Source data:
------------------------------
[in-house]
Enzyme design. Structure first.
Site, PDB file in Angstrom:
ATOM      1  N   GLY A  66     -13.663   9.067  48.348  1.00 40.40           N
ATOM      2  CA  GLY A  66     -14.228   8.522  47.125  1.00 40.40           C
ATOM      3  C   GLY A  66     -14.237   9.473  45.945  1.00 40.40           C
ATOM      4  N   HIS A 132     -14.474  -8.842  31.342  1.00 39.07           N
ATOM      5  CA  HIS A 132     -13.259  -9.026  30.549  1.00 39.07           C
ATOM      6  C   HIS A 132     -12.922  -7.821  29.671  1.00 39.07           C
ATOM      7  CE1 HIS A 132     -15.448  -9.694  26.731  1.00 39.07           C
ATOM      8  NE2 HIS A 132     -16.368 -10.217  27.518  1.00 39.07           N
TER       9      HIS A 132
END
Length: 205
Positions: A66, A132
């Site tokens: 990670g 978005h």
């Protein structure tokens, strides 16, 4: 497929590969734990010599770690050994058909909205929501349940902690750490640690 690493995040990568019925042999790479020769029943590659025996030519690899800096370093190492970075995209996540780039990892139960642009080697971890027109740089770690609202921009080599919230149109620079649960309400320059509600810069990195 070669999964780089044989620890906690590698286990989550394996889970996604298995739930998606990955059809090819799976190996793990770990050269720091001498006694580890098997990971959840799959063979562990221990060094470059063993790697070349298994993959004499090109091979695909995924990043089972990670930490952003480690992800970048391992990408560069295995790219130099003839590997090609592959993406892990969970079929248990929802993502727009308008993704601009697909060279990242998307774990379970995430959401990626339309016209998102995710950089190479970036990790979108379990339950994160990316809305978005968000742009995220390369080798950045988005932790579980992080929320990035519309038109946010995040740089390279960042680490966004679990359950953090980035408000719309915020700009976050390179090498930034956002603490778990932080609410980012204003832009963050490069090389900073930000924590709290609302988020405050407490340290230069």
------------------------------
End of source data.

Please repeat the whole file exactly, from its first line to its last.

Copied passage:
[in-house]
Enzyme design. Structure first.
Site, PDB file in Angstrom:
ATOM      1  N   GLY A  66     -13.663   9.067  48.348  1.00 40.40           N
ATOM      2  CA  GLY A  66     -14.228   8.522  47.125  1.00 40.40           C
ATOM      3  C   GLY A  66     -14.237   9.473  45.945  1.00 40.40           C
ATOM      4  N   HIS A 132     -14.474  -8.842  31.342  1.00 39.07           N
ATOM      5  CA  HIS A 132     -13.259  -9.026  30.549  1.00 39.07           C
ATOM      6  C   HIS A 132     -12.922  -7.821  29.671  1.00 39.07           C
ATOM      7  CE1 HIS A 132     -15.448  -9.694  26.731  1.00 39.07           C
ATOM      8  NE2 HIS A 132     -16.368 -10.217  27.518  1.00 39.07           N
TER       9      HIS A 132
END
Length: 205
Positions: A66, A132
């Site tokens: 990670g 978005h």
């Protein structure tokens, strides 16, 4: 497929590969734990010599770690050994058909909205929501349940902690750490640690 690493995040990568019925042999790479020769029943590659025996030519690899800096370093190492970075995209996540780039990892139960642009080697971890027109740089770690609202921009080599919230149109620079649960309400320059509600810069990195 070669999964780089044989620890906690590698286990989550394996889970996604298995739930998606990955059809090819799976190996793990770990050269720091001498006694580890098997990971959840799959063979562990221990060094470059063993790697070349298994993959004499090109091979695909995924990043089972990670930490952003480690992800970048391992990408560069295995790219130099003839590997090609592959993406892990969970079929248990929802993502727009308008993704601009697909060279990242998307774990379970995430959401990626339309016209998102995710950089190479970036990790979108379990339950994160990316809305978005968000742009995220390369080798950045988005932790579980992080929320990035519309038109946010995040740089390279960042680490966004679990359950953090980035408000719309915020700009976050390179090498930034956002603490778990932080609410980012204003832009963050490069090389900073930000924590709290609302988020405050407490340290230069």